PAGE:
Secrets of the Sydney Opera House
With its spectacular design and fascinating history, the Sydney Opera House is worth a visit.
Even if you’ve never visited Australia, you likely know exactly what the Sydney Opera House looks like: the iconic red granite base and gleaming white roof with shell-shaped sails covered in over a million tiles. Four million visitors come to this landmark each year, landing it on the top of most must-do lists for the city. While it’s not exactly a secret destination, the Sydney Opera House has certainly earned its fame.
It was designed in a competition
In 1952, then-Premier of New South Wales announced a competition to design the building. When the contest opened a few years later, it drew 233 entries from 32 countries. Danish architect Jørn Utzon won with his design, which was meant to blend into the harbor as seamlessly as the sails of ships. In 1957 construction got underway, but it wasn’t all smooth sailing.
Locals originally hated the Opera House
Like many now-iconic buildings (think: the Eiffel Tower), initial plans to build the Opera House didn’t go over well with many Sydneysiders. Ever-increasing costs didn’t help the cause. It took four years to figure out how to build the roof sails alone, and eventually, as expenditures continued to escalate, the minister in charge of the project refused to pay Utzon.
It was $95 million over budget
Utzon ultimately resigned, but instead of saving money, the new architects required even more funds. In the end, after 16 years of building, the project cost $102 million. A state lottery was necessary to pay for the project. It wasn’t until construction was completed and the Opera House attracted global attention that it was finally considered an achievement at home.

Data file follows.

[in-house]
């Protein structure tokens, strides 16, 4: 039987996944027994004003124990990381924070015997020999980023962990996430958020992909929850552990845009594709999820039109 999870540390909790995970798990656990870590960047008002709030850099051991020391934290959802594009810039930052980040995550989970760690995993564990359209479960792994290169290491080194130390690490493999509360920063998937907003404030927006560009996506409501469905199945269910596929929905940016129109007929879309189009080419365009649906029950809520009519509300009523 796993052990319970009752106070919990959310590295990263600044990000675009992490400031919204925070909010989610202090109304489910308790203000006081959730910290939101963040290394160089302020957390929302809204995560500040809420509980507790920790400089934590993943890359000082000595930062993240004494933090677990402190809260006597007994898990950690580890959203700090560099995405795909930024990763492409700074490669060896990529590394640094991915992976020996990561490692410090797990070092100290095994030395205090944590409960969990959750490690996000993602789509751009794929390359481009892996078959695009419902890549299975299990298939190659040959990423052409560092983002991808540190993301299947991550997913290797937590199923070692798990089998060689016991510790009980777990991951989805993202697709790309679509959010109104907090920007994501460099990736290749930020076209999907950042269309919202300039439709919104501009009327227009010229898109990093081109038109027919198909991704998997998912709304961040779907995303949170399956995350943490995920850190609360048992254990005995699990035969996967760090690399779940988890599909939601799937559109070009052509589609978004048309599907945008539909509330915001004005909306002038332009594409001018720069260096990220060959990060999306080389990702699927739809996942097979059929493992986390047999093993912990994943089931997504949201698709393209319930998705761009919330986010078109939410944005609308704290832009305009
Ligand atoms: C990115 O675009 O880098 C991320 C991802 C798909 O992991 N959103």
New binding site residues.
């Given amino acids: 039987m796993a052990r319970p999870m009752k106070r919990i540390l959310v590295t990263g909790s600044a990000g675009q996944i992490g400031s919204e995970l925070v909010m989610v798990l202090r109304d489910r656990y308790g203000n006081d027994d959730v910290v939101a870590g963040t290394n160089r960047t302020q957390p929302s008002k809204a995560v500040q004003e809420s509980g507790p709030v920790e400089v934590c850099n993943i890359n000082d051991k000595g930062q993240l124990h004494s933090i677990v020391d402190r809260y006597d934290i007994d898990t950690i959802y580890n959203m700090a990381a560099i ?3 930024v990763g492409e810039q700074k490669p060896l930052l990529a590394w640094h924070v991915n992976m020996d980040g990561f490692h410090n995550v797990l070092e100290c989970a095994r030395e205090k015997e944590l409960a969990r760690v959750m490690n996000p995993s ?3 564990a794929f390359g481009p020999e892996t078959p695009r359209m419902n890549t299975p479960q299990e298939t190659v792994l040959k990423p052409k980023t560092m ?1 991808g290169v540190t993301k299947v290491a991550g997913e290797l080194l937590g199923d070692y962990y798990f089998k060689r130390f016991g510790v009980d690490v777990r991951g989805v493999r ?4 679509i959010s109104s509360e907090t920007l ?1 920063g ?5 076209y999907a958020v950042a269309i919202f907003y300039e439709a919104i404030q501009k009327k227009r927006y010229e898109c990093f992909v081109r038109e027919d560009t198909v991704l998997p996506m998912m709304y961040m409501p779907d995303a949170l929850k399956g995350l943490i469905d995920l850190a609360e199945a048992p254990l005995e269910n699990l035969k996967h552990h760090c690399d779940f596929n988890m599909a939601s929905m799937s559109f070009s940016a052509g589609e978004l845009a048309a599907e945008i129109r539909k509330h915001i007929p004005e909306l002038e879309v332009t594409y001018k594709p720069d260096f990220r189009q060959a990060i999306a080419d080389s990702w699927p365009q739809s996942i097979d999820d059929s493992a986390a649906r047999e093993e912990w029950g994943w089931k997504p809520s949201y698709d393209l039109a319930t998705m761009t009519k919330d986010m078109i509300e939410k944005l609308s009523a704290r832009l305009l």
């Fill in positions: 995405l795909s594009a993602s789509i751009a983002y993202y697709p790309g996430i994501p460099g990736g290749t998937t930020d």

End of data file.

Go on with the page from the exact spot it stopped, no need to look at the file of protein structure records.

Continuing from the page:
France gave Australia a hand
The Opera House's unique Topaz glass was custom-crafted in France, as were the trio of $100,000 tower cranes necessary to hoist the sails.
It's home to the largest mechanical organ
A decade's work went into the Concert Hall's Grand Organ, which features 10,154 pipes. It's the largest of its kind on Earth.
The Opera House received royal treatment
In October 1973, Queen Elizabeth II finally opened the Opera House. The first performance was Australian Opera’s War and Peace.
You can hear more than opera
Now, more than four decades later, the building hosts 1.5 million guests at performances and events every year. And it’s not just opera—there’s everything from comedy to cabaret, classical music to contemporary. The best way to see the Opera House is to go for a performance. With up to 2,500 shows and events each year, there are plenty to chose from.
And you may soon be able to spend the night
A proposal was submitted that would allow guests to spend up to two nights in six of the Opera House's wings, without any structural changes being made to accommodate the occasional sleepovers.
One seat offers the best view
Whether or not you make it to the Opera House itself, you can’t leave Sydney without seeing it in silhouette. From the Opera House, head southeast, through the Botanic Gardens and back north toward the tip of the peninsula. At the end you’ll find Mrs. Macquarie’s Chair, which is a “bench” carved into sandstone, offering one of the most spectacular views of the Sydney skyline.